However, I've come to appreciate it, and it's pretty great for what it gets you. Databases use to be very data structure specific. So if you wanted to migrate to a different database, you'd have to map the data from one db's data structure implementation to another!
Queries also use to be path dependent! That means you could only access data through a specific object, like json or XML. This can be problematic if you haven't fully figured out the query patterns. With relational, you can be flexible with queries, and don't have to know them ahead of time.
Lastly, when you think about all the imperative/functional code you'd have to write to execute a query with joins, it's pretty great that you can just express it declaratively.
As for some of your reasons, I'll just pick a few of my reactions:
5) a 300+ line program is small compared to most imperative code bases out there. But it is dense, I concede.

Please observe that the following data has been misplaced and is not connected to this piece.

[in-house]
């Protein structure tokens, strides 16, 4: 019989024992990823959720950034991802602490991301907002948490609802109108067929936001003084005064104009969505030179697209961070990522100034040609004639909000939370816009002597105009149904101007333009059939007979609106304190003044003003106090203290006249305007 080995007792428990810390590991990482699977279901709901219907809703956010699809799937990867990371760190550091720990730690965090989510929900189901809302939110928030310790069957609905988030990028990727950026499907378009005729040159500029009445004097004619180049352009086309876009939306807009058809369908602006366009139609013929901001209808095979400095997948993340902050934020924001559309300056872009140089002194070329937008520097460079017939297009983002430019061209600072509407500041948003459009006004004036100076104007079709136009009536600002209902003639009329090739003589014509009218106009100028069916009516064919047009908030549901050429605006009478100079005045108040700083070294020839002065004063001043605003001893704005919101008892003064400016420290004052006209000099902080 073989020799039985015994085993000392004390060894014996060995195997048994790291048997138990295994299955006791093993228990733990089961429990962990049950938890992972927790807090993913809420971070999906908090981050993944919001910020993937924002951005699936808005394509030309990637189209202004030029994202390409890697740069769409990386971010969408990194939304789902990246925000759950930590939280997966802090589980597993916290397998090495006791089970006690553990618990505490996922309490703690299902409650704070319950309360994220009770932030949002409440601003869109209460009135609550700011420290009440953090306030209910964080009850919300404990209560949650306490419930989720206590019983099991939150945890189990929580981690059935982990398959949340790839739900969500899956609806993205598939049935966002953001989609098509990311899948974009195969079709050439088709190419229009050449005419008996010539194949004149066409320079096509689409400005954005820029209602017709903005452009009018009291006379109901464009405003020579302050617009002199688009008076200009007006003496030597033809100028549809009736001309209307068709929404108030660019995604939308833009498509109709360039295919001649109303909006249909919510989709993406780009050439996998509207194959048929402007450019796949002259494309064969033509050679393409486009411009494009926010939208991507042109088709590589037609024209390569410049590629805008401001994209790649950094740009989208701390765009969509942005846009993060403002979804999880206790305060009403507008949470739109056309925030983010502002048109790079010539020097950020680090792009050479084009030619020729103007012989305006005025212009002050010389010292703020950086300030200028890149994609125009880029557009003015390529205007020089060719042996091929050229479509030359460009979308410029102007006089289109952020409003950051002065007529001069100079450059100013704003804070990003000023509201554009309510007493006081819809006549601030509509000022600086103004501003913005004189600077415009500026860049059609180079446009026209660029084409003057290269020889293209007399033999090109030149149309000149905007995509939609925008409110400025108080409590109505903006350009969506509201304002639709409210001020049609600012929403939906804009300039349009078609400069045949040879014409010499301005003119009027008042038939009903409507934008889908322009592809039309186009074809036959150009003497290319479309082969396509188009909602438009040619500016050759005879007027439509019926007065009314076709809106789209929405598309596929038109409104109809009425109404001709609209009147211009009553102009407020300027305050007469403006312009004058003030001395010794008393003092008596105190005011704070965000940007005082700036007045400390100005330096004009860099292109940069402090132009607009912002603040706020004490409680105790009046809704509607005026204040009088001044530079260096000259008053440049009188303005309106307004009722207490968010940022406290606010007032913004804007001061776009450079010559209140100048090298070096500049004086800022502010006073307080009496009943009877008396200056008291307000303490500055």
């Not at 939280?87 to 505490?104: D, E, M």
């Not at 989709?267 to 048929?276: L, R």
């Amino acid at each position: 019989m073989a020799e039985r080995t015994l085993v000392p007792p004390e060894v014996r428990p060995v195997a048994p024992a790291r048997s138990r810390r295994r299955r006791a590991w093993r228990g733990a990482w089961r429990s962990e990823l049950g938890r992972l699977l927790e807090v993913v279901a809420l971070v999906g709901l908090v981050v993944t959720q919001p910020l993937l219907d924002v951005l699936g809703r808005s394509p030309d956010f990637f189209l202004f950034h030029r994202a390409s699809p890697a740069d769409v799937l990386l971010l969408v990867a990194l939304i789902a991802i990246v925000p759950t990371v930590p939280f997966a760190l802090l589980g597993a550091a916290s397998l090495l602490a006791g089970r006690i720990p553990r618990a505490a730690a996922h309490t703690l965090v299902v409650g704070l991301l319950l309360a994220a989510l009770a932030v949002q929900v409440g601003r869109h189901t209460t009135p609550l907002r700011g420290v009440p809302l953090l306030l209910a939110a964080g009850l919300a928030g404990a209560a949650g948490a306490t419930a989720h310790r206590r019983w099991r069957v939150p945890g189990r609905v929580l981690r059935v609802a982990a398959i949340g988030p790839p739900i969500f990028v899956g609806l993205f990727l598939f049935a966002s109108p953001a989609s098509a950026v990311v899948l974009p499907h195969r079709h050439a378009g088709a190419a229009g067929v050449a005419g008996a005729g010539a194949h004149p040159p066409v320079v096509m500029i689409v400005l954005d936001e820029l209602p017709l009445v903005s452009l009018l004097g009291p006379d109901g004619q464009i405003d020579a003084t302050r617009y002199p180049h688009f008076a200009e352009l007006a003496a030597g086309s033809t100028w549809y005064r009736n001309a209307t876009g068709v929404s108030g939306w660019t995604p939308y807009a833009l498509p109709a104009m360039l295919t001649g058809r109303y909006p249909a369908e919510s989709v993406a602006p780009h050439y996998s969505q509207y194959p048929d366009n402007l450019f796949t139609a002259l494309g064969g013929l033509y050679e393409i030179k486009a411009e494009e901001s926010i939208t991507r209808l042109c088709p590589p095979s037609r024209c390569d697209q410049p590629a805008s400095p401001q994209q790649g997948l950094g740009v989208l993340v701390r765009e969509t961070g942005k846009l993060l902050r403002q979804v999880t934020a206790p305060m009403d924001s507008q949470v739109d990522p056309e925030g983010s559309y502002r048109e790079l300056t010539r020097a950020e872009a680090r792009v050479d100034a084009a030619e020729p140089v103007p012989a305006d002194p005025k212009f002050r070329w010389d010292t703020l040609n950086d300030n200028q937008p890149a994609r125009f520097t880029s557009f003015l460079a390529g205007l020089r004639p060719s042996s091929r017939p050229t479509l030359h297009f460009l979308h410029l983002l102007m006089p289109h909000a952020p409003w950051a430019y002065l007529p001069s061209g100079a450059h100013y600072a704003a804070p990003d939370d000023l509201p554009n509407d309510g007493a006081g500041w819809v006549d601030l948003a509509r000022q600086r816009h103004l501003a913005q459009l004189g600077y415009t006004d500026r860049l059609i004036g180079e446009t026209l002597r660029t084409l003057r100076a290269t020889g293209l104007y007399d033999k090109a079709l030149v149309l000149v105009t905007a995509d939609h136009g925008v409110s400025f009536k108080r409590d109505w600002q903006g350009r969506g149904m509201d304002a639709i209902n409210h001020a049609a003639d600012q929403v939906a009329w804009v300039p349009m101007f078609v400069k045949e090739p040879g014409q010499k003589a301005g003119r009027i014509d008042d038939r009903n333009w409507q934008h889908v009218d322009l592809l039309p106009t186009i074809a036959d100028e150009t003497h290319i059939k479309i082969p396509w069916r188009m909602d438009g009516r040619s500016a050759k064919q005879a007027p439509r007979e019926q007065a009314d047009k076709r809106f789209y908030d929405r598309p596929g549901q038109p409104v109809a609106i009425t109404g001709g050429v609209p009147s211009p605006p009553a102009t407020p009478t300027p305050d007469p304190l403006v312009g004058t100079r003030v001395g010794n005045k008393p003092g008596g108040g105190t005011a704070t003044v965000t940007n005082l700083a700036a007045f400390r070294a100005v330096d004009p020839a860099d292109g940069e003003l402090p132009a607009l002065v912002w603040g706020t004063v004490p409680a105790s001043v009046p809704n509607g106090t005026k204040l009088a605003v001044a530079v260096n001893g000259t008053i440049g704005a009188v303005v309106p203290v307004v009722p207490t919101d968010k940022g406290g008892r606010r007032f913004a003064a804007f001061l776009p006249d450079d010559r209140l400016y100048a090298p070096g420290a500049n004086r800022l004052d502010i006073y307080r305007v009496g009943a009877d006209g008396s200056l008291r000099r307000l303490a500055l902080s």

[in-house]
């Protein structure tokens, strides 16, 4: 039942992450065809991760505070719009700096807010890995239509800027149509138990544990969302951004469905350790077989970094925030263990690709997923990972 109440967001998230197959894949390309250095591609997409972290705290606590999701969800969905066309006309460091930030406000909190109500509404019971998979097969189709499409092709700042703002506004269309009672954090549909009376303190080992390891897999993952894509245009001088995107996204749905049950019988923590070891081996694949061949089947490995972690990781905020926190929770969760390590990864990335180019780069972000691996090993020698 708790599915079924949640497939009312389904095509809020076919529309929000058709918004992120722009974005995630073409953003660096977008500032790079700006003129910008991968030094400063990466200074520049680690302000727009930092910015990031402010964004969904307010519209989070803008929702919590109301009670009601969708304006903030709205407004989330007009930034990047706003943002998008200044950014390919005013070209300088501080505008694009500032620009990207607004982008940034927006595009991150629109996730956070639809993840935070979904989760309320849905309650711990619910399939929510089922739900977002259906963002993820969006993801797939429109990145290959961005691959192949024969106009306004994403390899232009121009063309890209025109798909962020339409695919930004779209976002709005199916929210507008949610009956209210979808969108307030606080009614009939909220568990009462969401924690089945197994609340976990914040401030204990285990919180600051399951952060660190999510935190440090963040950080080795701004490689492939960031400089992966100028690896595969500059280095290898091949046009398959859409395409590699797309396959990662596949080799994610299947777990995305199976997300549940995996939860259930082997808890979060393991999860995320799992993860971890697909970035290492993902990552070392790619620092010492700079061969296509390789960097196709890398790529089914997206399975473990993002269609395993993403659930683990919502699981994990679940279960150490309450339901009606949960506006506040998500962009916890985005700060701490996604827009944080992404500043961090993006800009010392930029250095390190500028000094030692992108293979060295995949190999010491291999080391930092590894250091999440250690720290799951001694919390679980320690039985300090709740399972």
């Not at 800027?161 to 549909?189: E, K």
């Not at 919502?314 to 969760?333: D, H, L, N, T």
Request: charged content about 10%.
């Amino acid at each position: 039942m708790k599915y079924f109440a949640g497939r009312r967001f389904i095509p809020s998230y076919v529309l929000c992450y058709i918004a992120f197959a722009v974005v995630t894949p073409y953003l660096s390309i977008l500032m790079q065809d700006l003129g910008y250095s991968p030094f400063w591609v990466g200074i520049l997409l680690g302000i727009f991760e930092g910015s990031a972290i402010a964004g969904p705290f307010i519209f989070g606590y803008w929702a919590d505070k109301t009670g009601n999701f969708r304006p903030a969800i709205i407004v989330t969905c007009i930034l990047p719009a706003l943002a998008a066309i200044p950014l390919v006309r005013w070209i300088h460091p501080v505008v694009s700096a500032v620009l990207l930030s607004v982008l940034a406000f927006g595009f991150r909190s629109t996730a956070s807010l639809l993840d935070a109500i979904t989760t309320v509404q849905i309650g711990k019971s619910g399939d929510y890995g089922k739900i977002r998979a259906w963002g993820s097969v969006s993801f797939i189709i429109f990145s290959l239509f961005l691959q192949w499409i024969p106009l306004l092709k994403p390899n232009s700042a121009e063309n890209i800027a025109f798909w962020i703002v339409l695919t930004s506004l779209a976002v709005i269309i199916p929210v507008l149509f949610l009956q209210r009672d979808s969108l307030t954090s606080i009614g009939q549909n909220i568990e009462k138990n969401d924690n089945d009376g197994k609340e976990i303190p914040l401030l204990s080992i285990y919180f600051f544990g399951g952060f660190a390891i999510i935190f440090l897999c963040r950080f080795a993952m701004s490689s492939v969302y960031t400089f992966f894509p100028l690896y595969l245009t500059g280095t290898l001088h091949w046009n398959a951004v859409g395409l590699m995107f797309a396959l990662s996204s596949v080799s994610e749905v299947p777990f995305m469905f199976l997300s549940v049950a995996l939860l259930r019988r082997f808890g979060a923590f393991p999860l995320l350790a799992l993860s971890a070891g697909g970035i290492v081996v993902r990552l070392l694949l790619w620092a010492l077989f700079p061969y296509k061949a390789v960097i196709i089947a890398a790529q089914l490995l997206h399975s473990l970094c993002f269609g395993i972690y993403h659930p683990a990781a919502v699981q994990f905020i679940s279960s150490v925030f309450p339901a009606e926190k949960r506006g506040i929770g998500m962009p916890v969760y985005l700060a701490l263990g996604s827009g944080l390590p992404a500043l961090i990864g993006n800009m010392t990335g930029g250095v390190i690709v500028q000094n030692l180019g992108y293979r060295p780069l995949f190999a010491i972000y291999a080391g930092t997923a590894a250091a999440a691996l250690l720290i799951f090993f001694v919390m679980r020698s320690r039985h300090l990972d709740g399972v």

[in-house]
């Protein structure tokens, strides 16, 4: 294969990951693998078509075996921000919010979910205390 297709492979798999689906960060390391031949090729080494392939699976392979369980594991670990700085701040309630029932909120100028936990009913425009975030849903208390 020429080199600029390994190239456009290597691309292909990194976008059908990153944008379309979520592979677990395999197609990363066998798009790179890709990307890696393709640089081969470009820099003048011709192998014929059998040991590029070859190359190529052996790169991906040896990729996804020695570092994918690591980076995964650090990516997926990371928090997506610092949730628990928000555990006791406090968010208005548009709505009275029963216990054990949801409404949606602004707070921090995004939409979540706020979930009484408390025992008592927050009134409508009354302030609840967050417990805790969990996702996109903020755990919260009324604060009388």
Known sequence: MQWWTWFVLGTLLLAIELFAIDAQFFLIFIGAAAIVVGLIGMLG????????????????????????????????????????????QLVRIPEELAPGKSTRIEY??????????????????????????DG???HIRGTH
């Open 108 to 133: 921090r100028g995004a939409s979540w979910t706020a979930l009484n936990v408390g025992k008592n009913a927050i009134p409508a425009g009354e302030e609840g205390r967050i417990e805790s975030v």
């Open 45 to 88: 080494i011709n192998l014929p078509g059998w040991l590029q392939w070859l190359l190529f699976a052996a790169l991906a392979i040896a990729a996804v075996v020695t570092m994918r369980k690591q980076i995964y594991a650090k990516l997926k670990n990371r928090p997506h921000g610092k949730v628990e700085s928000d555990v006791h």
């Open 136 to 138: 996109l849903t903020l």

6) type checking is enforced in the schema
9) This seems to be property of code that works with data. Unless the data has a way of carrying versions and schema changes with itself, I'm not sure how downstream code of any paradigm would know something has changed.
Now, I think SQL could be improved, just not for the reasons you've given. Just because a language is old, doesn't mean it doesn't have good idea. Lisp is one of the oldest languages out there, and lots of languages have only recently caught up to its features. http://paulgraham.com/diff.html
I wish the query was written from big to small, where you pick tables first, join them, and then select your projection. It seems more natural to think of narrowing down your query.
I wish you didn't have to explicitly state the foreign keys and add indicies, and it'd figure it out for you, and only ask in ambiguous cases.
I wish there was a way to modularize it and make parts of queries reuseable--though I know there's a WITH expression.
I wish you didn't need to specify the tables and how they're related in the queries, and just ask for the data by columns.